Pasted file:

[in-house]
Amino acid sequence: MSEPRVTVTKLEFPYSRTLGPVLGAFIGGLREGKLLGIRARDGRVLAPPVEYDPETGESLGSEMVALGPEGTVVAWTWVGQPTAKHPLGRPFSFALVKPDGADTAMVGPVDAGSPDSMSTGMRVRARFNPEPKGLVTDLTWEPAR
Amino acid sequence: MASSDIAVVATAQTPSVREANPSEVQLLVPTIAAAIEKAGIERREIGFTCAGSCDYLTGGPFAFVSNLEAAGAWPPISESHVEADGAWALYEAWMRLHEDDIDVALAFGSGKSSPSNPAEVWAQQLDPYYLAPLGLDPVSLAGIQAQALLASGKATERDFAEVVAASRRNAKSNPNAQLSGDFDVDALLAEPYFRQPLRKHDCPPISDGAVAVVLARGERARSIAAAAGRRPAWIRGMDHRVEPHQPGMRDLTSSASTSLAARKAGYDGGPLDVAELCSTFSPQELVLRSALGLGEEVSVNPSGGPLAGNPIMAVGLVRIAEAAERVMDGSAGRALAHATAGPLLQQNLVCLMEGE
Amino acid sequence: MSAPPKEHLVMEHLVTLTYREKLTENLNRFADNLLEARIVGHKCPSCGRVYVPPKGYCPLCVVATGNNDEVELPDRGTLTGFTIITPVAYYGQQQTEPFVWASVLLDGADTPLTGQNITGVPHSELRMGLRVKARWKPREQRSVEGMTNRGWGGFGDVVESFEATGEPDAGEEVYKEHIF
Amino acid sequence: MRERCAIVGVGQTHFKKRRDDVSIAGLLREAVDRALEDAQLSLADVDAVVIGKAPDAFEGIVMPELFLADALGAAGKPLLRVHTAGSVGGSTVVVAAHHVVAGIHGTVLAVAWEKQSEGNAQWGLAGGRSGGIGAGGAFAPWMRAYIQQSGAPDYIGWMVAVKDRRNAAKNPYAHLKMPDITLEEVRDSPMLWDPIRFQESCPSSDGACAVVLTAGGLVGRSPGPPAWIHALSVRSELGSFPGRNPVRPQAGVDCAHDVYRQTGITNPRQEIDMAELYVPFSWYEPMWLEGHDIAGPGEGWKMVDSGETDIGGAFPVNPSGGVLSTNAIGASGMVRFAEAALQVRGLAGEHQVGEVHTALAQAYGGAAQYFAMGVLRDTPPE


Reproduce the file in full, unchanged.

[in-house]
Amino acid sequence: MSEPRVTVTKLEFPYSRTLGPVLGAFIGGLREGKLLGIRARDGRVLAPPVEYDPETGESLGSEMVALGPEGTVVAWTWVGQPTAKHPLGRPFSFALVKPDGADTAMVGPVDAGSPDSMSTGMRVRARFNPEPKGLVTDLTWEPAR
Amino acid sequence: MASSDIAVVATAQTPSVREANPSEVQLLVPTIAAAIEKAGIERREIGFTCAGSCDYLTGGPFAFVSNLEAAGAWPPISESHVEADGAWALYEAWMRLHEDDIDVALAFGSGKSSPSNPAEVWAQQLDPYYLAPLGLDPVSLAGIQAQALLASGKATERDFAEVVAASRRNAKSNPNAQLSGDFDVDALLAEPYFRQPLRKHDCPPISDGAVAVVLARGERARSIAAAAGRRPAWIRGMDHRVEPHQPGMRDLTSSASTSLAARKAGYDGGPLDVAELCSTFSPQELVLRSALGLGEEVSVNPSGGPLAGNPIMAVGLVRIAEAAERVMDGSAGRALAHATAGPLLQQNLVCLMEGE
Amino acid sequence: MSAPPKEHLVMEHLVTLTYREKLTENLNRFADNLLEARIVGHKCPSCGRVYVPPKGYCPLCVVATGNNDEVELPDRGTLTGFTIITPVAYYGQQQTEPFVWASVLLDGADTPLTGQNITGVPHSELRMGLRVKARWKPREQRSVEGMTNRGWGGFGDVVESFEATGEPDAGEEVYKEHIF
Amino acid sequence: MRERCAIVGVGQTHFKKRRDDVSIAGLLREAVDRALEDAQLSLADVDAVVIGKAPDAFEGIVMPELFLADALGAAGKPLLRVHTAGSVGGSTVVVAAHHVVAGIHGTVLAVAWEKQSEGNAQWGLAGGRSGGIGAGGAFAPWMRAYIQQSGAPDYIGWMVAVKDRRNAAKNPYAHLKMPDITLEEVRDSPMLWDPIRFQESCPSSDGACAVVLTAGGLVGRSPGPPAWIHALSVRSELGSFPGRNPVRPQAGVDCAHDVYRQTGITNPRQEIDMAELYVPFSWYEPMWLEGHDIAGPGEGWKMVDSGETDIGGAFPVNPSGGVLSTNAIGASGMVRFAEAALQVRGLAGEHQVGEVHTALAQAYGGAAQYFAMGVLRDTPPE